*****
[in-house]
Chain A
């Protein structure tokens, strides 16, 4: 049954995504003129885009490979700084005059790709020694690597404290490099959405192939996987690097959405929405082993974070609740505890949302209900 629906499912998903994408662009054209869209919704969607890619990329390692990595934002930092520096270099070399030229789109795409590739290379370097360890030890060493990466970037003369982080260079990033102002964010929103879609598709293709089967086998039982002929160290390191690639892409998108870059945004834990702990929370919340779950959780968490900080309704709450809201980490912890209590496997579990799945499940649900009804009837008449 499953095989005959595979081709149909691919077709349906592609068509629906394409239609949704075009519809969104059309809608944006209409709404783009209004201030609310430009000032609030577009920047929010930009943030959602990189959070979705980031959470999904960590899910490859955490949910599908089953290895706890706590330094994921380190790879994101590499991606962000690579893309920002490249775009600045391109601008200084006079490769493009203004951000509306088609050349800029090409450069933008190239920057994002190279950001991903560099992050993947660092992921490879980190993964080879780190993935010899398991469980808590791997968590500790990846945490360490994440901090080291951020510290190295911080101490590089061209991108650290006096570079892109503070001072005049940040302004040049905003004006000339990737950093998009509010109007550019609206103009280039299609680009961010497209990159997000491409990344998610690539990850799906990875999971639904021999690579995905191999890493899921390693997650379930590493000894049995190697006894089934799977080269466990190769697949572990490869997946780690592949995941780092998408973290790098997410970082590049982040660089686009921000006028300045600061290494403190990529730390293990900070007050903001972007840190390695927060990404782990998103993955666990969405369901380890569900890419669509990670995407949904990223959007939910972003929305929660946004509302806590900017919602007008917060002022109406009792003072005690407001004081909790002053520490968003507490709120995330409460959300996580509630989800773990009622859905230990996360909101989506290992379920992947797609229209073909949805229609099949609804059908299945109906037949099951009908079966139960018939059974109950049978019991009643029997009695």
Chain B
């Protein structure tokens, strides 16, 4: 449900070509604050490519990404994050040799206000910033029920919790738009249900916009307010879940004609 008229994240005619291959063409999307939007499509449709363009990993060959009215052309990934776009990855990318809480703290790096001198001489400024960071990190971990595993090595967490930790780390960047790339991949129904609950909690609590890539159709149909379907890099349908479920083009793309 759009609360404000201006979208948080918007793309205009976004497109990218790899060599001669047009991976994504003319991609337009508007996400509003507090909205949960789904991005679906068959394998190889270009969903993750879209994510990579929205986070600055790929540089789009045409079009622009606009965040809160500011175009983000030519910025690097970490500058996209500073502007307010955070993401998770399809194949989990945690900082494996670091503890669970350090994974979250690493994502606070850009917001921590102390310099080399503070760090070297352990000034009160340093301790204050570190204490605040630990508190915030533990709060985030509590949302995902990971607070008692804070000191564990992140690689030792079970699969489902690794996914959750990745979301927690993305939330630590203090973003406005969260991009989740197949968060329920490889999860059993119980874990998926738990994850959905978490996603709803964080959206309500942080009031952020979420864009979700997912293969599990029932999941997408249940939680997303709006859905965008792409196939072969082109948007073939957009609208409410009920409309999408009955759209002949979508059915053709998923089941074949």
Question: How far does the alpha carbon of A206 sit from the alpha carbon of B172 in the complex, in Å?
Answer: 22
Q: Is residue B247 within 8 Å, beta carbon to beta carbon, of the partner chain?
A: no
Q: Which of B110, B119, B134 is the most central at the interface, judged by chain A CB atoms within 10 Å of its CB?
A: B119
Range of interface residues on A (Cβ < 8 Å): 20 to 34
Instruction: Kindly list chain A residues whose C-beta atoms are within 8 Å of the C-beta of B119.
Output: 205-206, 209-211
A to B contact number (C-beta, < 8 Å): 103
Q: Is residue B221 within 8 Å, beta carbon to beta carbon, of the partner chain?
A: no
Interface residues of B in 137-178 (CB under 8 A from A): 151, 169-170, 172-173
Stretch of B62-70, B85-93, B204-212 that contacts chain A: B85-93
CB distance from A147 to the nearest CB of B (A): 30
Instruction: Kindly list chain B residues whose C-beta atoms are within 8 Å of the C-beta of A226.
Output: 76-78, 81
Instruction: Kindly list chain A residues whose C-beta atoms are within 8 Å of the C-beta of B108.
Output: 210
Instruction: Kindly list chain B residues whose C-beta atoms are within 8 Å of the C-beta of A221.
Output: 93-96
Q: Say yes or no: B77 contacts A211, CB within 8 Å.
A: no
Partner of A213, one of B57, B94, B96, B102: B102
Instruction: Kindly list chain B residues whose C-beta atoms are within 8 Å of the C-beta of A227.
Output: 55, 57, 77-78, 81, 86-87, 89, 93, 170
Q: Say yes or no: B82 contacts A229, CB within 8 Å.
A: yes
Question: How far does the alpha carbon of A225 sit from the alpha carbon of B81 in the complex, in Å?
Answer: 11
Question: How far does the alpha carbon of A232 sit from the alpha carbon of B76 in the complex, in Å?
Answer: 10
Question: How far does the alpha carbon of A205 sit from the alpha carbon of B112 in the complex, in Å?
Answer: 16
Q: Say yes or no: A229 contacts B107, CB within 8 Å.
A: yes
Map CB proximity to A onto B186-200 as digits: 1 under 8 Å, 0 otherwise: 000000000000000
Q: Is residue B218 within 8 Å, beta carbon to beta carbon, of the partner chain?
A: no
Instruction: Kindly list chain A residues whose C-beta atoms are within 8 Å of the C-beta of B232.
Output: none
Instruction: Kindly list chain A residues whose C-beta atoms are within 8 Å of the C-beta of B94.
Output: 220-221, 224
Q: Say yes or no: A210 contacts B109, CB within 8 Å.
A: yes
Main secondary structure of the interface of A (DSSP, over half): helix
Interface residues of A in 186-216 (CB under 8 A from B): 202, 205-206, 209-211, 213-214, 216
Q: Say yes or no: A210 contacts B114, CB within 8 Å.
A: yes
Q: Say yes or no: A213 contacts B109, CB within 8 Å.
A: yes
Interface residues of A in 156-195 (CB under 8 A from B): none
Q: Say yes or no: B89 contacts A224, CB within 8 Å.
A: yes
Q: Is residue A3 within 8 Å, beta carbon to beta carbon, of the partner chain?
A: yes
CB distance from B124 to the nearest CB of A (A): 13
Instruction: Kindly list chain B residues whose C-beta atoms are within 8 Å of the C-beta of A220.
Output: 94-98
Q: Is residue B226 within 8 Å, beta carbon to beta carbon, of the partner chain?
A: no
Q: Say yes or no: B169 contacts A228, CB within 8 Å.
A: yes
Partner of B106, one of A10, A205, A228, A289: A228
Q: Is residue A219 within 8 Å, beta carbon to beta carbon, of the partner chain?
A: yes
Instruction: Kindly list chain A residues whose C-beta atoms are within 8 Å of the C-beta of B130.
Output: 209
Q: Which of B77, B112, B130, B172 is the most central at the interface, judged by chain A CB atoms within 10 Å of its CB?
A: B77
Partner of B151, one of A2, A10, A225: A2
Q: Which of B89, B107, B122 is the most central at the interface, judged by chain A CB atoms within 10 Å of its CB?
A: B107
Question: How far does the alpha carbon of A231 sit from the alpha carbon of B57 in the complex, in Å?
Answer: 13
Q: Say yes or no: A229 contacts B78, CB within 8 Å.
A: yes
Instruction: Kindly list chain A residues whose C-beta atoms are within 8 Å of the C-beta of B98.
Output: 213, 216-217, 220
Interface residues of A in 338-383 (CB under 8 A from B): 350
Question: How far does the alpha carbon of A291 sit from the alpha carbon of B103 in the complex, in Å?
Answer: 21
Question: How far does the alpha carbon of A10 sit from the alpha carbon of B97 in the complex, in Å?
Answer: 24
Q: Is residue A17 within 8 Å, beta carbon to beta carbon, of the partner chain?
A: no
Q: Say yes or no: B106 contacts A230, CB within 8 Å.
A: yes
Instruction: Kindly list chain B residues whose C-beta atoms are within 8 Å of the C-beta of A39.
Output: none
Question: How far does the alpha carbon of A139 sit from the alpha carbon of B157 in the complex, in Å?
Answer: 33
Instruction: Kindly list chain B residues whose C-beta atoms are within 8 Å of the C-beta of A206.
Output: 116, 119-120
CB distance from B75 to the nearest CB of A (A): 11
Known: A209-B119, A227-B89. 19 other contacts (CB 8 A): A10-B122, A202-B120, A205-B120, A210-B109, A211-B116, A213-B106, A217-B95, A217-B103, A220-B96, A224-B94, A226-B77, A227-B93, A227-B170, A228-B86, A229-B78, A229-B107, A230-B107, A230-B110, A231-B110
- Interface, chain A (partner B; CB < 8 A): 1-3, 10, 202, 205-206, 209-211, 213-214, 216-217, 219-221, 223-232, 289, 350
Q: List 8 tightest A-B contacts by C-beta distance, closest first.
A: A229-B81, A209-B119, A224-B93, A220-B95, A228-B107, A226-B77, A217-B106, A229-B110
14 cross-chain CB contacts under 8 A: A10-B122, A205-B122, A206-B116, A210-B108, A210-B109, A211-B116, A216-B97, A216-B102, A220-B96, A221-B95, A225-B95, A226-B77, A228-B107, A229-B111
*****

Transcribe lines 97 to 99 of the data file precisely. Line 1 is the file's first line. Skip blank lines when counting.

Answer: 33
Instruction: Kindly list chain B residues whose C-beta atoms are within 8 Å of the C-beta of A206.
Output: 116, 119-120